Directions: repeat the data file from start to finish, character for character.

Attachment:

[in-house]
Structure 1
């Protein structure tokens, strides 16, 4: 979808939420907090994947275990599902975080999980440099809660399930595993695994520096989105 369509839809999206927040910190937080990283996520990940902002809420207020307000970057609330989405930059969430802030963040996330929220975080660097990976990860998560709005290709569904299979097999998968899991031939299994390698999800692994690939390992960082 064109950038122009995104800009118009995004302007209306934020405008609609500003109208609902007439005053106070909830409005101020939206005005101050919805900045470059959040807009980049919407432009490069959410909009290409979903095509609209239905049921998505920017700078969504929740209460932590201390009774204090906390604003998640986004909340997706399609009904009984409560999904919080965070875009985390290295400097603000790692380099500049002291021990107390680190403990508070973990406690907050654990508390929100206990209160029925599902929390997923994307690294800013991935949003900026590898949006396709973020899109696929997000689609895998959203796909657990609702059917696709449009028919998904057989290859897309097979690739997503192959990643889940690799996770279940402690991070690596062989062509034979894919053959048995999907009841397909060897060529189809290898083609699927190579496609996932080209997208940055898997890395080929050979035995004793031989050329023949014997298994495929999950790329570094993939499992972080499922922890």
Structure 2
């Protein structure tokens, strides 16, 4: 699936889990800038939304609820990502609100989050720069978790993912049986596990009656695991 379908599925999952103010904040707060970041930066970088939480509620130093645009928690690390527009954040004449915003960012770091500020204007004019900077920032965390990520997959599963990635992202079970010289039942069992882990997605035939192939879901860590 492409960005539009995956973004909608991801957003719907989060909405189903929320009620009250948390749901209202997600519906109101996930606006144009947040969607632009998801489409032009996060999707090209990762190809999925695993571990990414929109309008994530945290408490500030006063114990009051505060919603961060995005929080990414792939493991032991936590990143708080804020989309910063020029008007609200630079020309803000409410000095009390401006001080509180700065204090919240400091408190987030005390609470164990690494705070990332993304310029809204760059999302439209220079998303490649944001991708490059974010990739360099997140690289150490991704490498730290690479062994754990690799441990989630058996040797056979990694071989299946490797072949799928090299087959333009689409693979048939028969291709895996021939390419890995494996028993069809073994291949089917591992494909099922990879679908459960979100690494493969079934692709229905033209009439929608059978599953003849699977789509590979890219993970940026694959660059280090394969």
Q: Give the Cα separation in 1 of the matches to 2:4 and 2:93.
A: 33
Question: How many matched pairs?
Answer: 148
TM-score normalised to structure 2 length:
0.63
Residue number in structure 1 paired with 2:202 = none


[in-house]
Structure 1
């Protein structure tokens, strides 16, 4: 979808939420907090994947275990599902975080999980440099809660399930595993695994520096989105 369509839809999206927040910190937080990283996520990940902002809420207020307000970057609330989405930059969430802030963040996330929220975080660097990976990860998560709005290709569904299979097999998968899991031939299994390698999800692994690939390992960082 064109950038122009995104800009118009995004302007209306934020405008609609500003109208609902007439005053106070909830409005101020939206005005101050919805900045470059959040807009980049919407432009490069959410909009290409979903095509609209239905049921998505920017700078969504929740209460932590201390009774204090906390604003998640986004909340997706399609009904009984409560999904919080965070875009985390290295400097603000790692380099500049002291021990107390680190403990508070973990406690907050654990508390929100206990209160029925599902929390997923994307690294800013991935949003900026590898949006396709973020899109696929997000689609895998959203796909657990609702059917696709449009028919998904057989290859897309097979690739997503192959990643889940690799996770279940402690991070690596062989062509034979894919053959048995999907009841397909060897060529189809290898083609699927190579496609996932080209997208940055898997890395080929050979035995004793031989050329023949014997298994495929999950790329570094993939499992972080499922922890």
Structure 2
């Protein structure tokens, strides 16, 4: 699936889990800038939304609820990502609100989050720069978790993912049986596990009656695991 379908599925999952103010904040707060970041930066970088939480509620130093645009928690690390527009954040004449915003960012770091500020204007004019900077920032965390990520997959599963990635992202079970010289039942069992882990997605035939192939879901860590 492409960005539009995956973004909608991801957003719907989060909405189903929320009620009250948390749901209202997600519906109101996930606006144009947040969607632009998801489409032009996060999707090209990762190809999925695993571990990414929109309008994530945290408490500030006063114990009051505060919603961060995005929080990414792939493991032991936590990143708080804020989309910063020029008007609200630079020309803000409410000095009390401006001080509180700065204090919240400091408190987030005390609470164990690494705070990332993304310029809204760059999302439209220079998303490649944001991708490059974010990739360099997140690289150490991704490498730290690479062994754990690799441990989630058996040797056979990694071989299946490797072949799928090299087959333009689409693979048939028969291709895996021939390419890995494996028993069809073994291949089917591992494909099922990879679908459960979100690494493969079934692709229905033209009439929608059978599953003849699977789509590979890219993970940026694959660059280090394969």
Q: Give the Cα separation in 1 of the matches to 2:4 and 2:93.
A: 33
Question: How many matched pairs?
Answer: 148
TM-score normalised to structure 2 length:
0.63
Residue number in structure 1 paired with 2:202 = none